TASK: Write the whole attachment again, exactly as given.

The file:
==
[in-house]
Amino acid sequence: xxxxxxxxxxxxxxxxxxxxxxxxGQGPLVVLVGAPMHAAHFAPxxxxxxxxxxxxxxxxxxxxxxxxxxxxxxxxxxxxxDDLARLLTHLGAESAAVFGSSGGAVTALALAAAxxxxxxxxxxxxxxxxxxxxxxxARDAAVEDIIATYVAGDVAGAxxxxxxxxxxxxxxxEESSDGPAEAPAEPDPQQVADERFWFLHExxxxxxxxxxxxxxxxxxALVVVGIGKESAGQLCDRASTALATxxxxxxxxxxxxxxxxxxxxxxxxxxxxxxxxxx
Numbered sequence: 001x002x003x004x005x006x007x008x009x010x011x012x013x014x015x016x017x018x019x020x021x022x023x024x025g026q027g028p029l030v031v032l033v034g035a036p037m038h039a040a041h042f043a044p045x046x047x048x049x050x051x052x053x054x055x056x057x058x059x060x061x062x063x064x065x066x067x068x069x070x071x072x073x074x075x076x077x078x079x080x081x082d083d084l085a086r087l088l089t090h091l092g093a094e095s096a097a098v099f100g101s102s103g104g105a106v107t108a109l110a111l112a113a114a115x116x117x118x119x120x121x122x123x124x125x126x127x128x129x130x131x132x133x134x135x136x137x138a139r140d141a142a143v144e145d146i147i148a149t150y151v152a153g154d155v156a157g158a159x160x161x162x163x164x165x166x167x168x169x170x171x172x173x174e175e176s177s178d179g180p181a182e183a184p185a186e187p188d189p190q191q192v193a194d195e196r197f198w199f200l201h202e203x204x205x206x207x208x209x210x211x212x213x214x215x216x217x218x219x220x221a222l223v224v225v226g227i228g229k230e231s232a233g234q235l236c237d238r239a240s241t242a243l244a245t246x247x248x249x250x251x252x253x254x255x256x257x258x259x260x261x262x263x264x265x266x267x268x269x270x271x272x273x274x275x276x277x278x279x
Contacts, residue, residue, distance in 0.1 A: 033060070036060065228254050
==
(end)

[in-house]
Amino acid sequence: xxxxxxxxxxxxxxxxxxxxxxxxGQGPLVVLVGAPMHAAHFAPxxxxxxxxxxxxxxxxxxxxxxxxxxxxxxxxxxxxxDDLARLLTHLGAESAAVFGSSGGAVTALALAAAxxxxxxxxxxxxxxxxxxxxxxxARDAAVEDIIATYVAGDVAGAxxxxxxxxxxxxxxxEESSDGPAEAPAEPDPQQVADERFWFLHExxxxxxxxxxxxxxxxxxALVVVGIGKESAGQLCDRASTALATxxxxxxxxxxxxxxxxxxxxxxxxxxxxxxxxxx
Numbered sequence: 001x002x003x004x005x006x007x008x009x010x011x012x013x014x015x016x017x018x019x020x021x022x023x024x025g026q027g028p029l030v031v032l033v034g035a036p037m038h039a040a041h042f043a044p045x046x047x048x049x050x051x052x053x054x055x056x057x058x059x060x061x062x063x064x065x066x067x068x069x070x071x072x073x074x075x076x077x078x079x080x081x082d083d084l085a086r087l088l089t090h091l092g093a094e095s096a097a098v099f100g101s102s103g104g105a106v107t108a109l110a111l112a113a114a115x116x117x118x119x120x121x122x123x124x125x126x127x128x129x130x131x132x133x134x135x136x137x138a139r140d141a142a143v144e145d146i147i148a149t150y151v152a153g154d155v156a157g158a159x160x161x162x163x164x165x166x167x168x169x170x171x172x173x174e175e176s177s178d179g180p181a182e183a184p185a186e187p188d189p190q191q192v193a194d195e196r197f198w199f200l201h202e203x204x205x206x207x208x209x210x211x212x213x214x215x216x217x218x219x220x221a222l223v224v225v226g227i228g229k230e231s232a233g234q235l236c237d238r239a240s241t242a243l244a245t246x247x248x249x250x251x252x253x254x255x256x257x258x259x260x261x262x263x264x265x266x267x268x269x270x271x272x273x274x275x276x277x278x279x
Contacts, residue, residue, distance in 0.1 A: 033060070036060065228254050